In this article, we’ll show you how to make a laser-cut paper lamp using Snapmaker 2.0 and Inkscape software. If you are thinking about making a cool laser-cut project with some real-life scenes that you want to capture, well, this tutorial is for you.
This tutorial is divided into five steps. Step 1-3 cover Inkscape operations, which come with three video clips for you to check out. Step 4 covers Laser-cutting and 3D printing, while step 5 demonstrates assembly and testing.
You Will Need
- Snapmaker 2.0 A350 × 1
- LED Strip with a Switch × 1
- PLA Filament × 1
- A4 Paper (Weight≥100GSM) × 3-5
- Hot Melt Glue × 1
- Inkscape and Snapmaker Luban software installed
- 3D printable STL Files of the Outer Frame, Back Panel & Interlayer Frames: thingiverse.com/thing:4562693
You Will Learn How To
Use Inkscape to design patterns for laser-cutting, export SVG files that are readable to Snapmaker 2.0, and make a lamp. These include:
- Tracing building outlines and details manually;
- Tracing and simplifying bitmaps of complex objects;
- Drawing simple patterns;
- Laying out patterns and exporting them as SVG files;
- Some common operations including:
- [Left drag] Move object/ Select multiple objects
- [Middle drag] Move canvas
- [Ctrl+L] Simplify
- [Ctrl+Z] Undo
- [Ctrl+Y] Redo.
Check out this page for more: en.wikibooks.org/wiki/Inkscape/Interface
Step 1. Draw the Outline of the Building.
- Set canvas size and orientation by going to File -> Document Properties;
- Right click an object and choose Lock Selected Objects to avoid moving it accidentally;
- Draw the outlines and windows of the buildings using Bezier Curve;
- Fine-tune curves using Edit paths by nodes;
- Arrange multiple objects by going to Objects -> Arrange;
- Go to Path -> Combine to combine 2 or more objects into a unit.
Step 2. Add Other Objects.
- Use Trace Bitmap and Fill and Stroke to trace outlines of certain objects automatically;
- Go to Path -> Union to union overlapping patterns;
- Use Bezier Curve to draw simple patterns;
- Go to Path -> Exclusion to combine 2 objects by cutting off the smaller one;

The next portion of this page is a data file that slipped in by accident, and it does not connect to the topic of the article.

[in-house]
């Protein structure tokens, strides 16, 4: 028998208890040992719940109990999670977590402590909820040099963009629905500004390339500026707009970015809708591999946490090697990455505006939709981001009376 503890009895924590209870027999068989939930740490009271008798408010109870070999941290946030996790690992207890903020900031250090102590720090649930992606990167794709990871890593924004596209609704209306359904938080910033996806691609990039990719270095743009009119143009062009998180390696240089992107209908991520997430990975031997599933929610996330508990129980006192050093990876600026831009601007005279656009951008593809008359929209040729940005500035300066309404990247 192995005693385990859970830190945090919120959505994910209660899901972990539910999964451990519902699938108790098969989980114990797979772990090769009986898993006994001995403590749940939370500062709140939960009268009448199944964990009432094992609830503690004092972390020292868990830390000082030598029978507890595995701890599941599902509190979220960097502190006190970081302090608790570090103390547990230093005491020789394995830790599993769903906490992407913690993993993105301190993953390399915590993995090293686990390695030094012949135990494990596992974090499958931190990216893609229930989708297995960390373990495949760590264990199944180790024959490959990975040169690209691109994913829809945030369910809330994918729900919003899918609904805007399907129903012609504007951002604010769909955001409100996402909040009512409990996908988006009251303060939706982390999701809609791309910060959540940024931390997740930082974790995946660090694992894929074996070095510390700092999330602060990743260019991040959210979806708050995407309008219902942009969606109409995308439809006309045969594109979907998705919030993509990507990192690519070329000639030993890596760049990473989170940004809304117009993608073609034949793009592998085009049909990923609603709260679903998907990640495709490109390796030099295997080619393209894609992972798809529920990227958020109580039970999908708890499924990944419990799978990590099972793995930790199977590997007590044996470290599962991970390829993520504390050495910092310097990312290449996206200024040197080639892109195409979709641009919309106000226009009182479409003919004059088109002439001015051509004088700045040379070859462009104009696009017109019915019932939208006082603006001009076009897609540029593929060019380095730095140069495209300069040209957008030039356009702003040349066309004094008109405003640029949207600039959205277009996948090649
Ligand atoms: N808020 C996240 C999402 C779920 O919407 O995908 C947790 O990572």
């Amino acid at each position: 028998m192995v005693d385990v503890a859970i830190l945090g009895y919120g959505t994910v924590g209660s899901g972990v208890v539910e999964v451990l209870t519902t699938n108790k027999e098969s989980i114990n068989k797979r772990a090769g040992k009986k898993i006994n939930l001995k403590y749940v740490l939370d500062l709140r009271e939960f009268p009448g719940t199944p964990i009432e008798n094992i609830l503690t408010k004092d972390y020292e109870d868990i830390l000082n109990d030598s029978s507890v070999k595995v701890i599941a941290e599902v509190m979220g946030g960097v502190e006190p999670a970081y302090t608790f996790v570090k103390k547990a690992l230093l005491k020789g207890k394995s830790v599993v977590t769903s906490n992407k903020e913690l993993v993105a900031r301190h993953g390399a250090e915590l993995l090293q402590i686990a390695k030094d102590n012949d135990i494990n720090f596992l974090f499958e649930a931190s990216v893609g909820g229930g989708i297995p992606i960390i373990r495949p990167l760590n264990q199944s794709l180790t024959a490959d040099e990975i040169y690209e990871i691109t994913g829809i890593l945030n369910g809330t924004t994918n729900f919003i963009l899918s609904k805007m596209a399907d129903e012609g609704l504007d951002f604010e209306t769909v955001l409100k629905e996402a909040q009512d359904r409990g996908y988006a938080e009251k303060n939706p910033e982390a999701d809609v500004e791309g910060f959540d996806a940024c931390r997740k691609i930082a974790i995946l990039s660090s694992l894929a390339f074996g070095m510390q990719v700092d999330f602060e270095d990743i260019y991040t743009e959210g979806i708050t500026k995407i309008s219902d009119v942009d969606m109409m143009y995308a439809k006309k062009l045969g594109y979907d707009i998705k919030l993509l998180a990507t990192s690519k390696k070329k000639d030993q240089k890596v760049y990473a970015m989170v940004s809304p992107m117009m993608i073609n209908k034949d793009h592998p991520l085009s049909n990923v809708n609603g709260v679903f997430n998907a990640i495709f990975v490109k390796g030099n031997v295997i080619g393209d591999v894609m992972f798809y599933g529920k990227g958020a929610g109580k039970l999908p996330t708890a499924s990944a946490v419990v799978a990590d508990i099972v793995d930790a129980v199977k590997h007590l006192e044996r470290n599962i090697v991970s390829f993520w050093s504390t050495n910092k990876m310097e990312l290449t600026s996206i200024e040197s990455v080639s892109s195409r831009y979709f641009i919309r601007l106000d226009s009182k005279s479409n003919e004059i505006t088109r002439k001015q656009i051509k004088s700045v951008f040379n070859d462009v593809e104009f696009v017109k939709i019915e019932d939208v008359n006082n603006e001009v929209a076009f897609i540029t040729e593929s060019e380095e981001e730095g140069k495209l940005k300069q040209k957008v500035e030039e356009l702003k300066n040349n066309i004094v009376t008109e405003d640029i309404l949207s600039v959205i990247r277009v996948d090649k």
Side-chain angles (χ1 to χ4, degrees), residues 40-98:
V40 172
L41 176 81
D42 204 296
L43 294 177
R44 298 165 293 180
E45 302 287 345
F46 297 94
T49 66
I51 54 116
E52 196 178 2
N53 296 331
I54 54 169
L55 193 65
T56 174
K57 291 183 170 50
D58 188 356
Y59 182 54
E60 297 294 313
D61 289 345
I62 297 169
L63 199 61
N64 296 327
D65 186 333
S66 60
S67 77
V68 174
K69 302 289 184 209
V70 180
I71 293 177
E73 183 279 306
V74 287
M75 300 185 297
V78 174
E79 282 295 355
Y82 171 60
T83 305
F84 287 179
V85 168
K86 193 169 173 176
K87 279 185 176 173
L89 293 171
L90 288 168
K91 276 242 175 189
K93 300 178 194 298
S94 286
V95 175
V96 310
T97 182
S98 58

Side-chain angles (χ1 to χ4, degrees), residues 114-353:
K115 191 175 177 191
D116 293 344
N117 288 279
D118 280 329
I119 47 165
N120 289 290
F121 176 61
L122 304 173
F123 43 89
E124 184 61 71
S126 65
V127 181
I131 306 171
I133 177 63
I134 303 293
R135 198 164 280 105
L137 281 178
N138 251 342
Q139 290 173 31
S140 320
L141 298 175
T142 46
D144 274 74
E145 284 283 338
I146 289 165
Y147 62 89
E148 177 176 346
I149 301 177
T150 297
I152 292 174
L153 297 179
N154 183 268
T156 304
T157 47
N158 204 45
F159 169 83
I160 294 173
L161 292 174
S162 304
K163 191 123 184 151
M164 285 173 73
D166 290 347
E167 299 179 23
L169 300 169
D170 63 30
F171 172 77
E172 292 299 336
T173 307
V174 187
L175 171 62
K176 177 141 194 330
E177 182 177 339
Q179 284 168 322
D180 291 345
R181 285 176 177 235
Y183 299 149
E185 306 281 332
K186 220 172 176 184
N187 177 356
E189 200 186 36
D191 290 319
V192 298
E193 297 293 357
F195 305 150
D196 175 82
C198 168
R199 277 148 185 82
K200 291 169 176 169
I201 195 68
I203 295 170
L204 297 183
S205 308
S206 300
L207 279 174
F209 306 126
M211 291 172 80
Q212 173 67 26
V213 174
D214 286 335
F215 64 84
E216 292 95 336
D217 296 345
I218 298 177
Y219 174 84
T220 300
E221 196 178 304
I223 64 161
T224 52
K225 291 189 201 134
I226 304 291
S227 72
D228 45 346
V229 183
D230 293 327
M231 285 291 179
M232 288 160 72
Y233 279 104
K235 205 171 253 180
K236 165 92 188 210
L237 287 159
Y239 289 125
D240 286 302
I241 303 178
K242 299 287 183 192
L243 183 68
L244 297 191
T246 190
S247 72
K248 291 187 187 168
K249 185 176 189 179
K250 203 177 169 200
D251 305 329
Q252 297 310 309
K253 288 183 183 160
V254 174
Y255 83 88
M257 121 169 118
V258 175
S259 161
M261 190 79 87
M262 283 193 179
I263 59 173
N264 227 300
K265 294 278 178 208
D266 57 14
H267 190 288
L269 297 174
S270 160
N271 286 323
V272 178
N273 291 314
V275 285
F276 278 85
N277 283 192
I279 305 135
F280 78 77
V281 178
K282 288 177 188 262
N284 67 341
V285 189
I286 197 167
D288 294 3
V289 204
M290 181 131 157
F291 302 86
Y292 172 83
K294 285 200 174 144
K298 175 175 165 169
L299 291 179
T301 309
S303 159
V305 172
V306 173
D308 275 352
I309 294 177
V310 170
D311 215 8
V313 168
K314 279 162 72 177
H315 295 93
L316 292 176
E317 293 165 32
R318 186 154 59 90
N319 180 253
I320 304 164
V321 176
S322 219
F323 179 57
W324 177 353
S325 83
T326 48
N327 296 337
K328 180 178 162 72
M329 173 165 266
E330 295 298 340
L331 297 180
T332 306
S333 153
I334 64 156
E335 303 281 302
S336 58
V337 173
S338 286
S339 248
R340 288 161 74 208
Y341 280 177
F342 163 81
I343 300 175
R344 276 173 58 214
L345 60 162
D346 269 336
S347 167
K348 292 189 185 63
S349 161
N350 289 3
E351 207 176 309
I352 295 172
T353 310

- Use Ctrl+L (Simplify) to smooth curves.
Step 3. Export SVG Files.
- Use Bezier curve and rectangle tool to join certain patterns together into final shapes ready to be cut.
- Lay out the layers apart on a new canvas;
- Export SVG files that are readable to Snapmaker Luban software.
Step 4. Laser-Cut and 3D Print.
Now we can import the SVG files into Snapmaker Luban and move on to the laser-cutting part.
It's recommended to set the laser parameters as follows:
When finished, generate G-code, send it to the machine and start cutting.
The other parts of the lamp, including outer frame, interlayer frames and back panel can be 3D printed. Download the STL files here, (www.thingiverse.com/thing:4562693) import them into Snapmaker Luban, and adjust the direction of the model to lay it down on the platform. For the parameter setting, let's just select the Normal mode:
Now, change the machine from a laser engraver into a 3D printer and start printing. You’ll need:
- 1 outer frame
- 1 pack panel
- 10 interlayer frames
- 1 interlayer frame with a cable outlet
Step 5. Assemble & Test.
Stick the LED strips to the back panel with some hot melt glue, and fix the cable to the corner.
Lay the outer frame flat, with its back facing upwards. Put the paper silhouettes in between each interlayer frame in the order of your designing, and press it down to make sure all the pieces are securely seated.
You can also put in some extra frames to increase the height, if needed.
Finally, put a piece of blank paper on the top, and then the interlayer frame with a cable outlet.
Cover the back with the back panel, clip the cable to the outlet, and fix the panel to the back with some glue. Done!